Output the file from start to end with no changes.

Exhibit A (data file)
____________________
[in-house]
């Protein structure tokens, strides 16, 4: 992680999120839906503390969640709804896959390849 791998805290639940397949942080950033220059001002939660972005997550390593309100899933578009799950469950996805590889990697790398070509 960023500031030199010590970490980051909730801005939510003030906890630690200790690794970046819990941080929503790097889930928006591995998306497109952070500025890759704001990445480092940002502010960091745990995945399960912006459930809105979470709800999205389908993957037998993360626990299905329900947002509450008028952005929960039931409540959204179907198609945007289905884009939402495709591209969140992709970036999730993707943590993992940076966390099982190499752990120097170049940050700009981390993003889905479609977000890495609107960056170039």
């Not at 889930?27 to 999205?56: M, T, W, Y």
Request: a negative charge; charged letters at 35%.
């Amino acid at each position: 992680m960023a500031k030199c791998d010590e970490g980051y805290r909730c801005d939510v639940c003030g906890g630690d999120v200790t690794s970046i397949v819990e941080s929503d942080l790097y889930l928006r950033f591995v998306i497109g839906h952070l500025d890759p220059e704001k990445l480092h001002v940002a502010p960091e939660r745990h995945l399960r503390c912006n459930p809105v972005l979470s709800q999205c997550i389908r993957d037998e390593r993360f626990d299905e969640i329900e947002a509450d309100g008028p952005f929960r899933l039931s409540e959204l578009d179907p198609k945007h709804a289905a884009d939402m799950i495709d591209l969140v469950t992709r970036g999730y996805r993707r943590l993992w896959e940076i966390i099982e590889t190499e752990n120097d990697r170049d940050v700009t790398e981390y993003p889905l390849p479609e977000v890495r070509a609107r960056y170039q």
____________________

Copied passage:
[in-house]
């Protein structure tokens, strides 16, 4: 992680999120839906503390969640709804896959390849 791998805290639940397949942080950033220059001002939660972005997550390593309100899933578009799950469950996805590889990697790398070509 960023500031030199010590970490980051909730801005939510003030906890630690200790690794970046819990941080929503790097889930928006591995998306497109952070500025890759704001990445480092940002502010960091745990995945399960912006459930809105979470709800999205389908993957037998993360626990299905329900947002509450008028952005929960039931409540959204179907198609945007289905884009939402495709591209969140992709970036999730993707943590993992940076966390099982190499752990120097170049940050700009981390993003889905479609977000890495609107960056170039």
């Not at 889930?27 to 999205?56: M, T, W, Y």
Request: a negative charge; charged letters at 35%.
């Amino acid at each position: 992680m960023a500031k030199c791998d010590e970490g980051y805290r909730c801005d939510v639940c003030g906890g630690d999120v200790t690794s970046i397949v819990e941080s929503d942080l790097y889930l928006r950033f591995v998306i497109g839906h952070l500025d890759p220059e704001k990445l480092h001002v940002a502010p960091e939660r745990h995945l399960r503390c912006n459930p809105v972005l979470s709800q999205c997550i389908r993957d037998e390593r993360f626990d299905e969640i329900e947002a509450d309100g008028p952005f929960r899933l039931s409540e959204l578009d179907p198609k945007h709804a289905a884009d939402m799950i495709d591209l969140v469950t992709r970036g999730y996805r993707r943590l993992w896959e940076i966390i099982e590889t190499e752990n120097d990697r170049d940050v700009t790398e981390y993003p889905l390849p479609e977000v890495r070509a609107r960056y170039q």